Round 3 – Entry 20 – Stuntman Ronan

9lbs!! Such a high..

I have sat at the computer a number of times to write my entry for the Hot Torpedo Owners Club competition.. Each time I drew a blank! Many great fishing events spring to mind but which one to write about? I couldn’t choose! So, today I decided to go out and fish, as per usual, with the 6 weight in search of a great shot. I have the 4 too, but the 6 was the better choice for the big fish river I decided to fish for the day. My plan was to try to get a great under water shot with the rod and a fish in it, maybe my face underwater too but that didn’t happen! What did happen was that I landed a feckin big trout! I set up the 10 sec timer and took one pic before releasing the brute. This fish was a real high!! On a tough day with a number of fishermen about I was happy to catch this fish behind another angler..

On another note about this rod and its builder. I have known Paul since about 2003. We have shared many a campfire, beer, bottle of Palinka, days on the river, multiple sunrises after we pushed through till dawn, many mutual friends, a few beers, seals fur, at least 5 countries, some stunts, a tv show, a youtube channel, some beers,  the list goes on. I think one of the first times we shared a campfire Paul told me he was going to design and build fly rod and call it the Hot Torpedo. We laughed, but he was serious and I believed him! One thing I’ve learned about Paul over the years is that nothing happens quickly – but if he says he’s going to do something he will do it! It may take a while but it will happen! This rod is no exception and it’s a pretty accurate reflection on what a 6 weight should be!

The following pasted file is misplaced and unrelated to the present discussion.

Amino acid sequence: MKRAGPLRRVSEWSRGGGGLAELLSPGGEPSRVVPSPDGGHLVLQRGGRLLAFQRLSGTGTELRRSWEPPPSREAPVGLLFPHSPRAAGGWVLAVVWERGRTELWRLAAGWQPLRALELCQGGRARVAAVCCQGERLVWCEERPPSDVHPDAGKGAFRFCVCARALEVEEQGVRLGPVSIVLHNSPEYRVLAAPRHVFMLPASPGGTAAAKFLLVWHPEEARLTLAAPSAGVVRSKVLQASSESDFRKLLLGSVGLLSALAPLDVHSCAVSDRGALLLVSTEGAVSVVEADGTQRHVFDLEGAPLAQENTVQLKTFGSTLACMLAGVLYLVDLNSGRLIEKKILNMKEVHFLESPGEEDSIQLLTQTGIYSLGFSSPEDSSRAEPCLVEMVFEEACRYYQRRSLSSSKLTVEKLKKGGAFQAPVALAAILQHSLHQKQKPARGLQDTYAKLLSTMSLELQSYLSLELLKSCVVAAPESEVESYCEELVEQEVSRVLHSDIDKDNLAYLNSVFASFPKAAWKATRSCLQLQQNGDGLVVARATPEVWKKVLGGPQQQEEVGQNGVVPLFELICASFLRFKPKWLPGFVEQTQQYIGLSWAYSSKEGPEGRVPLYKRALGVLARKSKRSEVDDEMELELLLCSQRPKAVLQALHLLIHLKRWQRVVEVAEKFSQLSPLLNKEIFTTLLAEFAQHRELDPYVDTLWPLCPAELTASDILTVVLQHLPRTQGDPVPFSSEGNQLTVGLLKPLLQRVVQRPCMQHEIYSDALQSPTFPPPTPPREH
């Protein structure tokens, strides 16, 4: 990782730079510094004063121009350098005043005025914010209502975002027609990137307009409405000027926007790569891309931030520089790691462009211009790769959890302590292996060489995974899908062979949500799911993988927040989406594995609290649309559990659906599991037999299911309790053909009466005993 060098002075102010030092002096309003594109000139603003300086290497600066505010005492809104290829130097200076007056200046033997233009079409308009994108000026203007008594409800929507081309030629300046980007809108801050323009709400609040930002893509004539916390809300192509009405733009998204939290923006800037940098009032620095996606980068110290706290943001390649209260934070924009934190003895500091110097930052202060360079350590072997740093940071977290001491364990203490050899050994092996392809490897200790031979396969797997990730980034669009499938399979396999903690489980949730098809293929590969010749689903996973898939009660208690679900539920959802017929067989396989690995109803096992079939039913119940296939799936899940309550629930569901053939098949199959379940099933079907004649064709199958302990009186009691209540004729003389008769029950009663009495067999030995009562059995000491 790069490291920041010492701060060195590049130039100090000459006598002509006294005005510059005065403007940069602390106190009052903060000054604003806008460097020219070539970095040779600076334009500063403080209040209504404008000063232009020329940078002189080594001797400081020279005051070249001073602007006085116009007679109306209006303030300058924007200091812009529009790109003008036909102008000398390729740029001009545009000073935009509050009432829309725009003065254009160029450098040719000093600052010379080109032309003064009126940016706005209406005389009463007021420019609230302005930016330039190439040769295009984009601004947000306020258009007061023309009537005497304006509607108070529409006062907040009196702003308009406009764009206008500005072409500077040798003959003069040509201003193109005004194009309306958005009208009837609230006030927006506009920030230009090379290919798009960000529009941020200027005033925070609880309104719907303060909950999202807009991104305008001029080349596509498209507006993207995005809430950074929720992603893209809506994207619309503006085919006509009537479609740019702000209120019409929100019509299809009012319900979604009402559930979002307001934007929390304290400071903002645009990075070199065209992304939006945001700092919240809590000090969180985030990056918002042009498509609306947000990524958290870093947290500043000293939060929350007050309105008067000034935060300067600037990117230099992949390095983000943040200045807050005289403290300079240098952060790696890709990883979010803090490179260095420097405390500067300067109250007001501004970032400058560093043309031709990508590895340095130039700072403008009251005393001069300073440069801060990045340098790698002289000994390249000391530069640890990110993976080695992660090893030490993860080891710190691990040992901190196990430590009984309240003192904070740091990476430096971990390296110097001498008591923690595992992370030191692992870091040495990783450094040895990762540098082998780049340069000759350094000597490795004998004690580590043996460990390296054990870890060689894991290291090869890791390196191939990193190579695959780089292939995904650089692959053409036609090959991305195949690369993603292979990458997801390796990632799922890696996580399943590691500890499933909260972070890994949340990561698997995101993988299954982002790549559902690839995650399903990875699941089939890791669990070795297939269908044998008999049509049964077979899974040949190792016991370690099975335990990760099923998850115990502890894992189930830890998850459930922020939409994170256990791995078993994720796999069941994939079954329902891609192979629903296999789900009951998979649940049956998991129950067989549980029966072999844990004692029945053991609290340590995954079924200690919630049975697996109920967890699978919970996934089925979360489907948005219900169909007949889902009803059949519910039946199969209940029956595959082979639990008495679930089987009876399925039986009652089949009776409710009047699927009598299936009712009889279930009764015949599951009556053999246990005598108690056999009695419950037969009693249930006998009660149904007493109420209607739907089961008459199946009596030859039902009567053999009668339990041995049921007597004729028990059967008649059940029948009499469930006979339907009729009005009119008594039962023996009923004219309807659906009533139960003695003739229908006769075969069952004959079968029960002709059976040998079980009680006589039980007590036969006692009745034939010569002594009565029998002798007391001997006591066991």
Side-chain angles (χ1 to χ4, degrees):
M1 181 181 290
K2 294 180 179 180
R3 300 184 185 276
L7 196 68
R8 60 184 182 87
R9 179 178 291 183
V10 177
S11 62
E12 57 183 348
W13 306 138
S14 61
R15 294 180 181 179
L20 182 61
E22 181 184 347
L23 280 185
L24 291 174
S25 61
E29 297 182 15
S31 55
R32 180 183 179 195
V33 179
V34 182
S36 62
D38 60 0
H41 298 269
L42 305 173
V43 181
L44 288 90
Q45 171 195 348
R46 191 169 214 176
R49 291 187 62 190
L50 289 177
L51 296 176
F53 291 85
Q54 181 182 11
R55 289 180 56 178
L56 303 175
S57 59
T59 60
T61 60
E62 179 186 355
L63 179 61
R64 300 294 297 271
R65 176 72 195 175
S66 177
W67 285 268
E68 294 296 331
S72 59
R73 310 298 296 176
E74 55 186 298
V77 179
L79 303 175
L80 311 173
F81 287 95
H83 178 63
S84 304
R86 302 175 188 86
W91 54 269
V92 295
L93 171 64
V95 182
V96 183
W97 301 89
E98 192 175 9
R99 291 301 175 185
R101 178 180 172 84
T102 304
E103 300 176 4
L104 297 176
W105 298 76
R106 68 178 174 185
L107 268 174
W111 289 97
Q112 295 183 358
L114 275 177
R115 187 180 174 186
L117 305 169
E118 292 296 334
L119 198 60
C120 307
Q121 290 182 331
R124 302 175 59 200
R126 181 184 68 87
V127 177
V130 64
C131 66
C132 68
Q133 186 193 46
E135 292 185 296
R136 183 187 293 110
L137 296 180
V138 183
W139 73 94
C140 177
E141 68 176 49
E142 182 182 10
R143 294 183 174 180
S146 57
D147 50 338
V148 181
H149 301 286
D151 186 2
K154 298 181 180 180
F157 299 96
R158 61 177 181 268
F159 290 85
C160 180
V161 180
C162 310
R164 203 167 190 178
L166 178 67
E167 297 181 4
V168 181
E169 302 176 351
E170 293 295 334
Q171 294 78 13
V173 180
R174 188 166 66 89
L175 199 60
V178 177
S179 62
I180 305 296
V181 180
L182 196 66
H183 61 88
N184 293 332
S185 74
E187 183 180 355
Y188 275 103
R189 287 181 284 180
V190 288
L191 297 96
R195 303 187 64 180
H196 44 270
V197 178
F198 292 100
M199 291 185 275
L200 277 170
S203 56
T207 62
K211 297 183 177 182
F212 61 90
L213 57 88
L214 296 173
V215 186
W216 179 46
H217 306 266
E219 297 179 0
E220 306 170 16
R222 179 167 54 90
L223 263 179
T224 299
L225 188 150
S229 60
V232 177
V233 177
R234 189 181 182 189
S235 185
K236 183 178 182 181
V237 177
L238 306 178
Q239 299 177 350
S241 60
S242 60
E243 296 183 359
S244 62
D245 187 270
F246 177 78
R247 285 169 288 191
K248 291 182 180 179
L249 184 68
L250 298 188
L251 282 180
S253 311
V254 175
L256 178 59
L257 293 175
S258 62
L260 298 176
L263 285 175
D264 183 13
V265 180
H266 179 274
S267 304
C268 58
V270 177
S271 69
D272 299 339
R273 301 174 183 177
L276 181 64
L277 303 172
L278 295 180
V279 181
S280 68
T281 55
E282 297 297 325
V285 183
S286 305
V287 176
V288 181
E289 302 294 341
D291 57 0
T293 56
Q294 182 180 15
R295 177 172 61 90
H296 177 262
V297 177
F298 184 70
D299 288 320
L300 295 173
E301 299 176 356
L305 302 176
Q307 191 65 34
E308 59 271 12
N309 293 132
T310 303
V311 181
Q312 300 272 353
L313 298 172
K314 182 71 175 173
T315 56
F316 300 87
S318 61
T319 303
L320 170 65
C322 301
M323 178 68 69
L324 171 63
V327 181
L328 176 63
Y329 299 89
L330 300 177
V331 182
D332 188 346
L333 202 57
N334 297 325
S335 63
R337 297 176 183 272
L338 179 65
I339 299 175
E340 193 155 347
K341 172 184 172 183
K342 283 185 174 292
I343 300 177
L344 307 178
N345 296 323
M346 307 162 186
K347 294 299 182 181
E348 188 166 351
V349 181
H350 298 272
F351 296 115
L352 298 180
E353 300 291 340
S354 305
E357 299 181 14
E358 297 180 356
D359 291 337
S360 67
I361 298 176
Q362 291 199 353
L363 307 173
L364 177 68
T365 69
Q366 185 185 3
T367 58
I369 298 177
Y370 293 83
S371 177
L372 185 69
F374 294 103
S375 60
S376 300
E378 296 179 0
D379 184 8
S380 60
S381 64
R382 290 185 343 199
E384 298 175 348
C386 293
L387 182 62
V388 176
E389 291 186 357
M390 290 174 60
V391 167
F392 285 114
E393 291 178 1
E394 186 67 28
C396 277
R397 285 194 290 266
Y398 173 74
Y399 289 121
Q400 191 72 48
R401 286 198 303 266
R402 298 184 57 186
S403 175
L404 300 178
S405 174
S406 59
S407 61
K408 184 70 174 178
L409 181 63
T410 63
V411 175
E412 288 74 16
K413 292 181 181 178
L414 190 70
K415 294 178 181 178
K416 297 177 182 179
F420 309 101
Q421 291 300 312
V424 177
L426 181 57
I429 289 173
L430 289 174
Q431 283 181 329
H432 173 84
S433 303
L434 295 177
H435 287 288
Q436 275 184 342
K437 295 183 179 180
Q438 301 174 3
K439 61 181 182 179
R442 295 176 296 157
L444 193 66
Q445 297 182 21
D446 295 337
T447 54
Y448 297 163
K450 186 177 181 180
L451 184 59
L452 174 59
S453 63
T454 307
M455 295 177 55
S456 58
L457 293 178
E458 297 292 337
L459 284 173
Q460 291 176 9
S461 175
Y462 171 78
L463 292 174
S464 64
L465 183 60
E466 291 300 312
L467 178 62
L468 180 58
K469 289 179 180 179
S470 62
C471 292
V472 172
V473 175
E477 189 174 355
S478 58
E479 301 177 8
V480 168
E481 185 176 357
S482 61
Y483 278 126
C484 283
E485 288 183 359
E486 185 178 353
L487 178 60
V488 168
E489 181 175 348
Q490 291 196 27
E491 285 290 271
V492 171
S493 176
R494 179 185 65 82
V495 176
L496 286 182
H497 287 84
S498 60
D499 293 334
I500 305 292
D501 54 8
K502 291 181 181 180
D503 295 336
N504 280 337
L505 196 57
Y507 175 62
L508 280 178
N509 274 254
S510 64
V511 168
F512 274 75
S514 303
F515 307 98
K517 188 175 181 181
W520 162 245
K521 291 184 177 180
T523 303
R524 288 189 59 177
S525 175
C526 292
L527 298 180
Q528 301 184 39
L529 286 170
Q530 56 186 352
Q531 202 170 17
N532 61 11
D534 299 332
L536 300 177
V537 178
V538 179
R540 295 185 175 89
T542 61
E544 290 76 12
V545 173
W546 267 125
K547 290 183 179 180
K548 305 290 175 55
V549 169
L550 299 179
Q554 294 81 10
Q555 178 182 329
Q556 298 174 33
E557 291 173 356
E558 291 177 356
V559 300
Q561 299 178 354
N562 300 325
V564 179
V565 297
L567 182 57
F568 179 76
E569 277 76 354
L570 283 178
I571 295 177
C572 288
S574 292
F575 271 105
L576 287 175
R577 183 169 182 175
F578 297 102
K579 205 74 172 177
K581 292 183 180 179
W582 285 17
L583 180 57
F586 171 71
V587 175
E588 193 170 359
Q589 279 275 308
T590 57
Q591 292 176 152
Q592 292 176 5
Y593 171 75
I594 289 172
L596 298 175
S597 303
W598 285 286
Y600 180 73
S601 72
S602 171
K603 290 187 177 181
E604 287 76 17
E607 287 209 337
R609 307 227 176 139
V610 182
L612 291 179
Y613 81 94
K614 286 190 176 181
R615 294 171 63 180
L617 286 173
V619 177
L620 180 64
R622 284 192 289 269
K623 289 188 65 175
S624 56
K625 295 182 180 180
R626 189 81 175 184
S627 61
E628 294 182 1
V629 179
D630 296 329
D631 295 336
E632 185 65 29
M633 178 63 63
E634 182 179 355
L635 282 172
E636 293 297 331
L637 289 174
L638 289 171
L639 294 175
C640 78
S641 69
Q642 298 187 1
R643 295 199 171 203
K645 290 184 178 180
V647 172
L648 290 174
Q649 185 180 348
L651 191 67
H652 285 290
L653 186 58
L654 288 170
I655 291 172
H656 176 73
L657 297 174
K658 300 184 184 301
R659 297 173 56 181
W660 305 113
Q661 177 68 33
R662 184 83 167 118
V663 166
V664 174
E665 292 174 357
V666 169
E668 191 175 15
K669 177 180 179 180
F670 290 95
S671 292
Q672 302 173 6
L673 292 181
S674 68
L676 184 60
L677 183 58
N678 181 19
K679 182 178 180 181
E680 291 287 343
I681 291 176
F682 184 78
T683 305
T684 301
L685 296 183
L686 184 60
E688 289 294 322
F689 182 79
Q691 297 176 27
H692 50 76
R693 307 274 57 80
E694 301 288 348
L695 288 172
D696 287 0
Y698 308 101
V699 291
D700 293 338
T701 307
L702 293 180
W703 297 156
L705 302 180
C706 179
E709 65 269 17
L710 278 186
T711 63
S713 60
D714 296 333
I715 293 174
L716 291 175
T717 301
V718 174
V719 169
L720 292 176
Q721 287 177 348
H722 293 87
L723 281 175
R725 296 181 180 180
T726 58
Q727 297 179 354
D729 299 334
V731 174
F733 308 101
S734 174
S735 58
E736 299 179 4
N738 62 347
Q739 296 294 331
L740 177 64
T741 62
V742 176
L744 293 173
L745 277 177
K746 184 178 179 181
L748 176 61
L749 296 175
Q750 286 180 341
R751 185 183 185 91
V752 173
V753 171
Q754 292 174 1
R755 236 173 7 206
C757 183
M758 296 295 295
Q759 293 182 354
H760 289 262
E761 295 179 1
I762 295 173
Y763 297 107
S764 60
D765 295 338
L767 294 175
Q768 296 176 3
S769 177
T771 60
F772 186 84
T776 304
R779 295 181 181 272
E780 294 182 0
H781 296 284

More to come about the 4 weight!!

Cheers,
Ronan..

Round 3 – Entry 19 – An Ren Tan

My most recent fishing acquisition is the newest member of the HT family, the HT4. Fast with feel, and virtually unparalleled attention to detail are rare qualities that somehow collided in Paul Arden’s brain. Actually I’m writing this because I want a new shirt. If you need an excuse to purchase a HT4, and you are not a tackle tart, the new Sexyloops invisibility shirt is a justification enough.